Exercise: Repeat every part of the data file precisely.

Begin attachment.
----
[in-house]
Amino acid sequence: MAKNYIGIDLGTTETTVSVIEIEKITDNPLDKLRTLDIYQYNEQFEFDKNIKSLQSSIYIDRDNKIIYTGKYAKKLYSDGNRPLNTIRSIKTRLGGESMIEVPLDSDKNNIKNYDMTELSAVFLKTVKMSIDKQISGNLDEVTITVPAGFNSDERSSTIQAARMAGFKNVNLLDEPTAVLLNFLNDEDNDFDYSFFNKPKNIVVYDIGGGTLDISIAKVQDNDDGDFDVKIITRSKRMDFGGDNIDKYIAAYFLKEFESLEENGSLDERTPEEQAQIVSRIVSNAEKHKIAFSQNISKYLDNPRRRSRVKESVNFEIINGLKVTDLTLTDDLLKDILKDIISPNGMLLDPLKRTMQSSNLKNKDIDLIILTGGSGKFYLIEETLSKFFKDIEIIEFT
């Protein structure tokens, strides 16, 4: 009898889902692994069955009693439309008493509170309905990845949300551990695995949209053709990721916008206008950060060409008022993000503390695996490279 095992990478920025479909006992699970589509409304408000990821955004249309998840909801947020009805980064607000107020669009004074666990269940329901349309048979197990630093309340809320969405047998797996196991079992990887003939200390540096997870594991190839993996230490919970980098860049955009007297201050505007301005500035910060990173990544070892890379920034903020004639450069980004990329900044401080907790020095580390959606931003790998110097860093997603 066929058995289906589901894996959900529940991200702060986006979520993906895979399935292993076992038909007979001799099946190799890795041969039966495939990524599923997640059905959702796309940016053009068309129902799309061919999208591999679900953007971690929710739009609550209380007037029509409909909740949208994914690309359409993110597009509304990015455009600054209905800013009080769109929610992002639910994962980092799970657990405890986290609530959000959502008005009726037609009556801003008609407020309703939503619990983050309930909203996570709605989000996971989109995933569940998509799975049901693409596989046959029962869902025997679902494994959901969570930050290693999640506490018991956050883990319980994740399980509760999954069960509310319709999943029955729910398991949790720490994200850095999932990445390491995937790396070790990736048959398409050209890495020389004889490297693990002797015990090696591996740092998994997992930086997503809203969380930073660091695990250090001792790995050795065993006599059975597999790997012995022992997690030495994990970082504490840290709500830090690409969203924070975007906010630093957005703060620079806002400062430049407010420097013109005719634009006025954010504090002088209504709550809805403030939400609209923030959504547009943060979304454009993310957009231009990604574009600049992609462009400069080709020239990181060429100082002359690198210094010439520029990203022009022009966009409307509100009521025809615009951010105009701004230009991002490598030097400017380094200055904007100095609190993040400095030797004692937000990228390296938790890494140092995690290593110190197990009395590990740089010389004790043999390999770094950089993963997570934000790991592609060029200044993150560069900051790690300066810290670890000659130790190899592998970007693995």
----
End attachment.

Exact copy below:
[in-house]
Amino acid sequence: MAKNYIGIDLGTTETTVSVIEIEKITDNPLDKLRTLDIYQYNEQFEFDKNIKSLQSSIYIDRDNKIIYTGKYAKKLYSDGNRPLNTIRSIKTRLGGESMIEVPLDSDKNNIKNYDMTELSAVFLKTVKMSIDKQISGNLDEVTITVPAGFNSDERSSTIQAARMAGFKNVNLLDEPTAVLLNFLNDEDNDFDYSFFNKPKNIVVYDIGGGTLDISIAKVQDNDDGDFDVKIITRSKRMDFGGDNIDKYIAAYFLKEFESLEENGSLDERTPEEQAQIVSRIVSNAEKHKIAFSQNISKYLDNPRRRSRVKESVNFEIINGLKVTDLTLTDDLLKDILKDIISPNGMLLDPLKRTMQSSNLKNKDIDLIILTGGSGKFYLIEETLSKFFKDIEIIEFT
């Protein structure tokens, strides 16, 4: 009898889902692994069955009693439309008493509170309905990845949300551990695995949209053709990721916008206008950060060409008022993000503390695996490279 095992990478920025479909006992699970589509409304408000990821955004249309998840909801947020009805980064607000107020669009004074666990269940329901349309048979197990630093309340809320969405047998797996196991079992990887003939200390540096997870594991190839993996230490919970980098860049955009007297201050505007301005500035910060990173990544070892890379920034903020004639450069980004990329900044401080907790020095580390959606931003790998110097860093997603 066929058995289906589901894996959900529940991200702060986006979520993906895979399935292993076992038909007979001799099946190799890795041969039966495939990524599923997640059905959702796309940016053009068309129902799309061919999208591999679900953007971690929710739009609550209380007037029509409909909740949208994914690309359409993110597009509304990015455009600054209905800013009080769109929610992002639910994962980092799970657990405890986290609530959000959502008005009726037609009556801003008609407020309703939503619990983050309930909203996570709605989000996971989109995933569940998509799975049901693409596989046959029962869902025997679902494994959901969570930050290693999640506490018991956050883990319980994740399980509760999954069960509310319709999943029955729910398991949790720490994200850095999932990445390491995937790396070790990736048959398409050209890495020389004889490297693990002797015990090696591996740092998994997992930086997503809203969380930073660091695990250090001792790995050795065993006599059975597999790997012995022992997690030495994990970082504490840290709500830090690409969203924070975007906010630093957005703060620079806002400062430049407010420097013109005719634009006025954010504090002088209504709550809805403030939400609209923030959504547009943060979304454009993310957009231009990604574009600049992609462009400069080709020239990181060429100082002359690198210094010439520029990203022009022009966009409307509100009521025809615009951010105009701004230009991002490598030097400017380094200055904007100095609190993040400095030797004692937000990228390296938790890494140092995690290593110190197990009395590990740089010389004790043999390999770094950089993963997570934000790991592609060029200044993150560069900051790690300066810290670890000659130790190899592998970007693995």